The London market was teetering on the brink of a four-month low after Wednesday’s bounce-back was scuppered by Brexit fears.
The FTSE 100 Index was 39.4 points lower at 5928.4 as investor jitters over the approaching referendum punished Britain’s biggest banks.
Barclays bore the brunt of the sell-off, down more than 2% or 4.3p to 156.7p, as it is widely thought the lender would be the most exposed by a Leave vote through investment and corporate banking.
Royal Bank of Scotland was down 5p to 212p, while Lloyds Banking Group was 1.3p off at 61.8p.
Benchmark London Brent crude did little to help the situation, sliding 1.5% to 48.23 US dollars (£34) a barrel as it continued Wednesday’s falls triggered by a surprise rise in US crude
The falling oil price put commodity stocks under pressure, with Royal Dutch Shell 12p lower at 1710p and miner Anglo American dropping 12.1p to 618.3p.
There was some support for the London market from across the Atlantic after the Federal Reserve pushed a US interest rate rise into the distant future amid concerns over a recent slump in the American jobs market and uncertainty over Britain’s vote on Europe.
Sterling, which hit two-month lows against the US dollar and euro on Monday, was also on the back foot, with little sign of the referendum’s Remain vote gaining strength.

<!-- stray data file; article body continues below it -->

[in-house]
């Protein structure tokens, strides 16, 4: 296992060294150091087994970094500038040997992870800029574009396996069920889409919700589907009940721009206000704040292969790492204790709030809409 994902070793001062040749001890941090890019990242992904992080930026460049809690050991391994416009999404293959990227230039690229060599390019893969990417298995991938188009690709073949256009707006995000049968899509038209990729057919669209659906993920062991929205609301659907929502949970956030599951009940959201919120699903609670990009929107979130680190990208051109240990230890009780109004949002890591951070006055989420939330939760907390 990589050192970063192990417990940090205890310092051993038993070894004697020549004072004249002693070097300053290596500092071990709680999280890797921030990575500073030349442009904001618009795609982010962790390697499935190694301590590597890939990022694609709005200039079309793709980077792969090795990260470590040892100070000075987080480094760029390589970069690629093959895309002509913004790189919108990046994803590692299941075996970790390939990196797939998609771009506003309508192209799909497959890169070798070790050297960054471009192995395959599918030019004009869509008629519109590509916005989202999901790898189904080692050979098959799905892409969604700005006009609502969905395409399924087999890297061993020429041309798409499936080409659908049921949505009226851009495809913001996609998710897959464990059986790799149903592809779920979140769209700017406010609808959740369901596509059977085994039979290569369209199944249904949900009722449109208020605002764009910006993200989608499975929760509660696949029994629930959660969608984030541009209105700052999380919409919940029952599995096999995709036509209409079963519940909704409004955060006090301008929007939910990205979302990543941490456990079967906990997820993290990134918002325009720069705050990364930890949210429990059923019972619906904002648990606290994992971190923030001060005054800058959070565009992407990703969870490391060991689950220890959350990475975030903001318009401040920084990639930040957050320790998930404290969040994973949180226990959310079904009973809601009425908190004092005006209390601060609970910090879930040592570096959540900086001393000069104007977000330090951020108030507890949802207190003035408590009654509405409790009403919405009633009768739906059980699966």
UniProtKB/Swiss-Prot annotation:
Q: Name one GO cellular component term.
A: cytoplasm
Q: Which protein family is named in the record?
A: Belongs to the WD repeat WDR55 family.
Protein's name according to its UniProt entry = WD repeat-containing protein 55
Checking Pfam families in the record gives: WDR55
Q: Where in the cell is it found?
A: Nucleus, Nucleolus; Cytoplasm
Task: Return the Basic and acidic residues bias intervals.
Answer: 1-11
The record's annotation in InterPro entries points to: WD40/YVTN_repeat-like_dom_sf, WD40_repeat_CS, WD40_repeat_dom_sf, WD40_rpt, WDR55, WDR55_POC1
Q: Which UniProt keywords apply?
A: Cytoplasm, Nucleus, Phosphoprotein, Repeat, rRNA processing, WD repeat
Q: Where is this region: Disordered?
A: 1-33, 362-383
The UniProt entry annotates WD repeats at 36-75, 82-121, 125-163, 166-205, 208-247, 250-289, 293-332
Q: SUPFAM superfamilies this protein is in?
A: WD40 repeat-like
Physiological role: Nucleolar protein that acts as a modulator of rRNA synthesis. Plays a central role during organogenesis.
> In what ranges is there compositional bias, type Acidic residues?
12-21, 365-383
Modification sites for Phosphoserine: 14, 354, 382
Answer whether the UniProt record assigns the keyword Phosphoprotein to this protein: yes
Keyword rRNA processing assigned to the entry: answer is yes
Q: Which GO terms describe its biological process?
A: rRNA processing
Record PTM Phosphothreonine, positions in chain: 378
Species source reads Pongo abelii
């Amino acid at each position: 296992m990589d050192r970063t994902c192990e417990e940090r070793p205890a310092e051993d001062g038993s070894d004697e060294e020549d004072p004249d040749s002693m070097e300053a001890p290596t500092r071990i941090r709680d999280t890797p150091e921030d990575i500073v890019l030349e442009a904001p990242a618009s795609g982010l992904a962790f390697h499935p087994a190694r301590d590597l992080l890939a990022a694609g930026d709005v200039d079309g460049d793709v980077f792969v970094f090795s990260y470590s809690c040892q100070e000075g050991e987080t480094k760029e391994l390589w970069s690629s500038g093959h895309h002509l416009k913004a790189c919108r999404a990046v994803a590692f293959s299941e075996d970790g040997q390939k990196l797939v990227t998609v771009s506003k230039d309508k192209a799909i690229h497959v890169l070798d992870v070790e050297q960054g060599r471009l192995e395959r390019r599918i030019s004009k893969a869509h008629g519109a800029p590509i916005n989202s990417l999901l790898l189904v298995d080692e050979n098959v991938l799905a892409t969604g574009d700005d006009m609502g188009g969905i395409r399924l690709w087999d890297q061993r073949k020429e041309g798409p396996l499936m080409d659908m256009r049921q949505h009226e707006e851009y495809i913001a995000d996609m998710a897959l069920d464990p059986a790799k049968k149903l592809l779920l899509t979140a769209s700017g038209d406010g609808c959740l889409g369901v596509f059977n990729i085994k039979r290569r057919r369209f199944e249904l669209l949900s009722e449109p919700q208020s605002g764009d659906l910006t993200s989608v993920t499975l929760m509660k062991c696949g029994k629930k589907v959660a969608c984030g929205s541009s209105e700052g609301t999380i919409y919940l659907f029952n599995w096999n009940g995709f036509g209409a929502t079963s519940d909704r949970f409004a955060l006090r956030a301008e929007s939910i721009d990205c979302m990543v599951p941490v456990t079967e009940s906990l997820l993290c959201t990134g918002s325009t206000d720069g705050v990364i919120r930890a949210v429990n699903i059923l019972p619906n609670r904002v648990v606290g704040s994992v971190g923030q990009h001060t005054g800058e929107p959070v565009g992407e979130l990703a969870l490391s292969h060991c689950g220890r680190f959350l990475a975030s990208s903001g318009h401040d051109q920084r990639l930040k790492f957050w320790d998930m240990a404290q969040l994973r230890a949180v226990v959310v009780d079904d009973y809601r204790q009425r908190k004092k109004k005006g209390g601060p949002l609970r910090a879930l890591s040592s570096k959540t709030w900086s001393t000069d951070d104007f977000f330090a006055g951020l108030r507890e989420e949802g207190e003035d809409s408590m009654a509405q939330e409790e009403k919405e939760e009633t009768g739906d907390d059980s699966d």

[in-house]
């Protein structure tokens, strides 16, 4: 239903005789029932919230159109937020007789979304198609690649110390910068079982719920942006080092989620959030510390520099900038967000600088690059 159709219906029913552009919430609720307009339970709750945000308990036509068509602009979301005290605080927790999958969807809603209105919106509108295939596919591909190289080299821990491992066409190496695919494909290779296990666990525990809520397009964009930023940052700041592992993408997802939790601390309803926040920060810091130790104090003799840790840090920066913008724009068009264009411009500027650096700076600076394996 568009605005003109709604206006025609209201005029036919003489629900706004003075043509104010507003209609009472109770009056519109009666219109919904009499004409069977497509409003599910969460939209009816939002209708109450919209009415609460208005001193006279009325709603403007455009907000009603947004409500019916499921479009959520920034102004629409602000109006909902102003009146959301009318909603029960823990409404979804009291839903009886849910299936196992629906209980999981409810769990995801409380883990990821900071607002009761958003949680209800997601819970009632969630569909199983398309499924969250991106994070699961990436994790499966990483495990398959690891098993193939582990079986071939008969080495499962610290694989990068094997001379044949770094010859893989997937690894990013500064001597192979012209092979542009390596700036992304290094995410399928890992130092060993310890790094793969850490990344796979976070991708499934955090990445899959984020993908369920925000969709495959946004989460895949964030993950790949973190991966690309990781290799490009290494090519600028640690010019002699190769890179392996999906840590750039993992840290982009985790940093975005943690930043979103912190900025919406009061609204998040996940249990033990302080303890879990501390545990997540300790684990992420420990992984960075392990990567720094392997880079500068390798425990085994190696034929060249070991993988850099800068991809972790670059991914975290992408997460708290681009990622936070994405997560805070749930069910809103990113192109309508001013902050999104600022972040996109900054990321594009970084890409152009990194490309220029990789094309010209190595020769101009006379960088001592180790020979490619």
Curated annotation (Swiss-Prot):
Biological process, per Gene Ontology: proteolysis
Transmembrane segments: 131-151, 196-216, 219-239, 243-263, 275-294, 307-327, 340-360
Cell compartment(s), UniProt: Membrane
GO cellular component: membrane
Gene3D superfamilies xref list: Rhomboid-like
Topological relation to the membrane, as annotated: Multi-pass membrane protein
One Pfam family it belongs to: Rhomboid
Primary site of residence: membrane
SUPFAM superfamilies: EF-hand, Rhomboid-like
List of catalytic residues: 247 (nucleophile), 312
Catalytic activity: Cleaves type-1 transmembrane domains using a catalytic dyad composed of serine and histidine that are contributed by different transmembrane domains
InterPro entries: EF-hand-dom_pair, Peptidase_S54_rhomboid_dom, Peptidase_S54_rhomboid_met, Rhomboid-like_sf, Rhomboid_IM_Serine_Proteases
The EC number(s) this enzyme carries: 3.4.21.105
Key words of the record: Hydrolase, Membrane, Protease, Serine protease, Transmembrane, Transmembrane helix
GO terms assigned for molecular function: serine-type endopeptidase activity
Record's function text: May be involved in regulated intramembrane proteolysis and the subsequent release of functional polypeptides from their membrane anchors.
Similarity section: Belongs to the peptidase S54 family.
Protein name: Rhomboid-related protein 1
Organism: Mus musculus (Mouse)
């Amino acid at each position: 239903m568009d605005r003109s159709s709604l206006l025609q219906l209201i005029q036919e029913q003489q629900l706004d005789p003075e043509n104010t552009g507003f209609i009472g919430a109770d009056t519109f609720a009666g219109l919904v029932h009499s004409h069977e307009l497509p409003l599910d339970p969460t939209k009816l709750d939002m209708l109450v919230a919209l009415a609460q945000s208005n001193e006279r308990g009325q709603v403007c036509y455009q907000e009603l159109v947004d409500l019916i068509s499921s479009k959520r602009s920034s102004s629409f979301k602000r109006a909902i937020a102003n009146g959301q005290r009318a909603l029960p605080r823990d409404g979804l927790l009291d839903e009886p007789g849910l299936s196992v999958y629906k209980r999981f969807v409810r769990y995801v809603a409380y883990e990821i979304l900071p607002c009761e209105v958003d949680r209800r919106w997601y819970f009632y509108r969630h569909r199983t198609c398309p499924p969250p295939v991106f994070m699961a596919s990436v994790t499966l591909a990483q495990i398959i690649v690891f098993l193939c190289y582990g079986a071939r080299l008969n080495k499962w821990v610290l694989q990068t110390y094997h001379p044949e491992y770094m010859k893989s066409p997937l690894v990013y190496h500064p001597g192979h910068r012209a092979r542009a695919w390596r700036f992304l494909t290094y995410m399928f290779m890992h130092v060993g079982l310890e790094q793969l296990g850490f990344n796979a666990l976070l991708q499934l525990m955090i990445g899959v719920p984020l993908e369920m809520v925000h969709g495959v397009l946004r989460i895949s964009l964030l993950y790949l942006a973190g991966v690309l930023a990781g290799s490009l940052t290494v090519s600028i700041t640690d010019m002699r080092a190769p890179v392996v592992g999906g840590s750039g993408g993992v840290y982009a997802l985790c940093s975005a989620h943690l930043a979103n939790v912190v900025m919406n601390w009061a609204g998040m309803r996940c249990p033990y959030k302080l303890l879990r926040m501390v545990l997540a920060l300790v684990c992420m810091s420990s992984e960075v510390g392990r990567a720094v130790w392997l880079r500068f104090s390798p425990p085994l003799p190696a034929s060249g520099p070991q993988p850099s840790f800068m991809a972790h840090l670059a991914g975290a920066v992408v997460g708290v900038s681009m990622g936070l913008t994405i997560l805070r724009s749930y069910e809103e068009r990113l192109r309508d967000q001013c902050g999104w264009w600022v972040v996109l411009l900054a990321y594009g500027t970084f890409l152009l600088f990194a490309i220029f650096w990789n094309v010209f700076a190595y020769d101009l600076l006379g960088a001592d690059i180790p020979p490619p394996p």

The pound was down 0.2% against the dollar at 1.417, with the markets also waiting to hear the Bank of England’s latest decision on interest rates, which are expected to be kept on hold at 0.5%.
Further warnings from the Bank that a Brexit vote would harm the UK economy could also put the pound under pressure as the day moves on.
The pound was also 0.2% down against the euro at 1.257.
In stocks, discount retailer Poundland was on the up despite posting a slump in annual profits after a “challenging but transformative” year.
It comes after South African retail group Steinhoff – which owns UK furniture firms Harveys and Bensons For Beds – revealed late on Wednesday that it had bought 61.2 million ordinary shares in
the budget retailer and confirmed any potential offer would be made in cash.
Annual results laid bare the group’s sales woes as underlying pre-tax profits fell 13.5% to £37.8 million in the year to March 27.
Shares rose 3%, or 6p, to 206p.